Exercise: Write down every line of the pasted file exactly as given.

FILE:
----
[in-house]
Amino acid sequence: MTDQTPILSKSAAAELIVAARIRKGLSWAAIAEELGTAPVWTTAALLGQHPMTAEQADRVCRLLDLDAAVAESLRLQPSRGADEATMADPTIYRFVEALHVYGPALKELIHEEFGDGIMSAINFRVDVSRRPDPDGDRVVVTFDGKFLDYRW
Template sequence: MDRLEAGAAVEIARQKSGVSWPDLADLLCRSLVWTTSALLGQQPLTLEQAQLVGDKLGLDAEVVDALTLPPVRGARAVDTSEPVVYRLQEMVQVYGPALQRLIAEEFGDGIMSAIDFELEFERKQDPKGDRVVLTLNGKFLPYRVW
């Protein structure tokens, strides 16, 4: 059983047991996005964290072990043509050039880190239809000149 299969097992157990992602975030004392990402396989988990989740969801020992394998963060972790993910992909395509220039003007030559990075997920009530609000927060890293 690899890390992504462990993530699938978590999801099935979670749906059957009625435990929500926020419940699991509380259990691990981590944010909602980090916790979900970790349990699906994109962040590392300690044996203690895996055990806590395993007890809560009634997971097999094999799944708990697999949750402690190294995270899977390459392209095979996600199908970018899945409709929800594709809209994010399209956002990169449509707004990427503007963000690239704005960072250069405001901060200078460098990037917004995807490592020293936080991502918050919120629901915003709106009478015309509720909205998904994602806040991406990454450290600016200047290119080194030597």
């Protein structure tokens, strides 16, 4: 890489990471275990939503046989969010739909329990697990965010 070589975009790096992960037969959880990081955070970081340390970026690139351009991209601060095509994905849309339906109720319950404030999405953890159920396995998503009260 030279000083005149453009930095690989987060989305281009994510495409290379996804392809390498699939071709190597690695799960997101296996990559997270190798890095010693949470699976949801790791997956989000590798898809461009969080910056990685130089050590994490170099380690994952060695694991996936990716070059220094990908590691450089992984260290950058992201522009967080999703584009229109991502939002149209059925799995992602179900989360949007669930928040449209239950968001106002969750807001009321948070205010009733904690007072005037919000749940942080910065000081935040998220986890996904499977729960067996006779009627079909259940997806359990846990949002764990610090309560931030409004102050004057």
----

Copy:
[in-house]
Amino acid sequence: MTDQTPILSKSAAAELIVAARIRKGLSWAAIAEELGTAPVWTTAALLGQHPMTAEQADRVCRLLDLDAAVAESLRLQPSRGADEATMADPTIYRFVEALHVYGPALKELIHEEFGDGIMSAINFRVDVSRRPDPDGDRVVVTFDGKFLDYRW
Template sequence: MDRLEAGAAVEIARQKSGVSWPDLADLLCRSLVWTTSALLGQQPLTLEQAQLVGDKLGLDAEVVDALTLPPVRGARAVDTSEPVVYRLQEMVQVYGPALQRLIAEEFGDGIMSAIDFELEFERKQDPKGDRVVLTLNGKFLPYRVW
């Protein structure tokens, strides 16, 4: 059983047991996005964290072990043509050039880190239809000149 299969097992157990992602975030004392990402396989988990989740969801020992394998963060972790993910992909395509220039003007030559990075997920009530609000927060890293 690899890390992504462990993530699938978590999801099935979670749906059957009625435990929500926020419940699991509380259990691990981590944010909602980090916790979900970790349990699906994109962040590392300690044996203690895996055990806590395993007890809560009634997971097999094999799944708990697999949750402690190294995270899977390459392209095979996600199908970018899945409709929800594709809209994010399209956002990169449509707004990427503007963000690239704005960072250069405001901060200078460098990037917004995807490592020293936080991502918050919120629901915003709106009478015309509720909205998904994602806040991406990454450290600016200047290119080194030597």
């Protein structure tokens, strides 16, 4: 890489990471275990939503046989969010739909329990697990965010 070589975009790096992960037969959880990081955070970081340390970026690139351009991209601060095509994905849309339906109720319950404030999405953890159920396995998503009260 030279000083005149453009930095690989987060989305281009994510495409290379996804392809390498699939071709190597690695799960997101296996990559997270190798890095010693949470699976949801790791997956989000590798898809461009969080910056990685130089050590994490170099380690994952060695694991996936990716070059220094990908590691450089992984260290950058992201522009967080999703584009229109991502939002149209059925799995992602179900989360949007669930928040449209239950968001106002969750807001009321948070205010009733904690007072005037919000749940942080910065000081935040998220986890996904499977729960067996006779009627079909259940997806359990846990949002764990610090309560931030409004102050004057």